Proceeding north on Thorndike Street, the next structure is the four story red brick structure that once housed C I Hood & Company, one of the largest patent medicine manufacturers in America. Charles I. Hood, no relation to the dairy family that bears the same name, had began working as a teenager in a Vermont pharmacy and eventually made his way to Lowell where he built this state-of-the-art facility on Thorndike Street because of the site’s proximity to one of the city’s most important railroad terminals.
The former C I Hood Company
Continuing on to the hill on the north side of the common we find the Eliot Church which was first organized in 1831 to provide a place of worship for the workers who lived in proximity to the nearby Hamilton and Appleton Mills. The current red brick version of the church was constructed in 1873. The church’s name comes from John Eliot, an English minister who repeatedly visited this area for many decades during the seventeenth century to try to convert the resident Native Americans to Christianity. Eliot’s original log meeting house reportedly stood on this site as late as 1823.
Swinging around to the east side of the common is the site of the former St. Peter’s Roman Catholic Church. Designed by noted church architect Patrick Keeley, St. Peters was constructed between 1892 and 1900 to house parishioners who had worshiped since the 1841 founding of St. Peter’s parish at a brick church built at the corner of Gorham and Appleton Streets. St. Peters closed as an active church in 1986 and was demolished in 1996 after a portion of its granite facade had dangerously dropped to the ground alongside Gorham Street. The adjacent and surviving St. Peter’s rectory now houses the James Cooney Insurance Agency and several law offices.
Across Gorham Street from and slightly north of the St Peter’s site sits the ivy covered St John’s Episcopal Church, a Gothic Revival structure built in 1860 to accommodate congregants from the overcrowded St. Anne’s Church.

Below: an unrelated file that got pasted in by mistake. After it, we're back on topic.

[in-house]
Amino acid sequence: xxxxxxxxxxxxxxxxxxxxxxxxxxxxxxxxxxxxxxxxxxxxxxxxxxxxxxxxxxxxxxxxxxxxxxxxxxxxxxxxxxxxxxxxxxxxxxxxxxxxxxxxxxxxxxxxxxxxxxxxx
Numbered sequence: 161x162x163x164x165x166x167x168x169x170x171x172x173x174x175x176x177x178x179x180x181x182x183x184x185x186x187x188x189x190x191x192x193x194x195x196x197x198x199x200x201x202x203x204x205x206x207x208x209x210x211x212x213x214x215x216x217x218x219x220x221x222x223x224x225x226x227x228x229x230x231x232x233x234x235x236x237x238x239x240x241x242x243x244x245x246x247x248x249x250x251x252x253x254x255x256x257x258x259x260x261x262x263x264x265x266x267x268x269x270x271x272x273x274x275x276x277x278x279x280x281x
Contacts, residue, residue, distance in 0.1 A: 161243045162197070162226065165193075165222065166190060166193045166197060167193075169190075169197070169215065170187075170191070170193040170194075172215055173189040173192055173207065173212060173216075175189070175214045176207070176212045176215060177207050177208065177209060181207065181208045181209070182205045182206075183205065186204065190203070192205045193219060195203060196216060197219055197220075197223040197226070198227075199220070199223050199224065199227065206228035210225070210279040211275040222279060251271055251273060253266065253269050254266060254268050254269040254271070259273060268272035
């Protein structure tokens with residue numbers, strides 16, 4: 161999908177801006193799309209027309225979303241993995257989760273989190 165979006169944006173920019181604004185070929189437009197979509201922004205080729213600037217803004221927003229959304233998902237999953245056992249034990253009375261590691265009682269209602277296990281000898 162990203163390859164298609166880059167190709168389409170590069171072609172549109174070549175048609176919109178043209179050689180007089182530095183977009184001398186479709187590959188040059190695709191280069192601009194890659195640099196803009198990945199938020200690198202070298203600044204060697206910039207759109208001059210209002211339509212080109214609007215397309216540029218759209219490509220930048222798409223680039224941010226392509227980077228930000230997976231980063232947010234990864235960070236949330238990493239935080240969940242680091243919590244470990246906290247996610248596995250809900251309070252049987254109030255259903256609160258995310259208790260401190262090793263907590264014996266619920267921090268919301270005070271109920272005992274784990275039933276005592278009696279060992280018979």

Directly across Gorham Street from the St. Peter’s site is the Middlesex Superior Courthouse which consists of two very distinct buildings. The original structure, a three story red brick building, was constructed in 1848 right on Gorham Street. Fifty years later when Middlesex County decided to enlarge the courthouse, the original building was moved sixty feet backwards and a new building was constructed in front of it. Ever since the new building’s dedication in 1898, the two structures have been joined together as one, providing a home for the Superior Court and for the Middlesex North Registry of Deeds which was created by the state legislature in 1855
This brief survey of the South Common ecosystem only scratches the surface of all the history contained in that neighborhood. But the South Common is not unique. Lowell has an almost infinite number of like spaces, all with their own fascinating stories.
Richard P. Howe Jr. is the Register of Deeds of the Middlesex North Registry of Deeds. He is a graduate of Providence College and Suffolk University Law School and holds an MA in History from Salem State University. In the early 1980s, he served as a US Army Intelligence Officer in Germany. Mr. Howe is the creator of richardhowe.com, a widely read blog about Lowell history and politics. Three years ago, he succeeded the late Catherine Goodwin as the official tour guide of Lowell Cemetery. He has lectured frequently on the American Civil War and its impact on the city of Lowell and surrounding communities.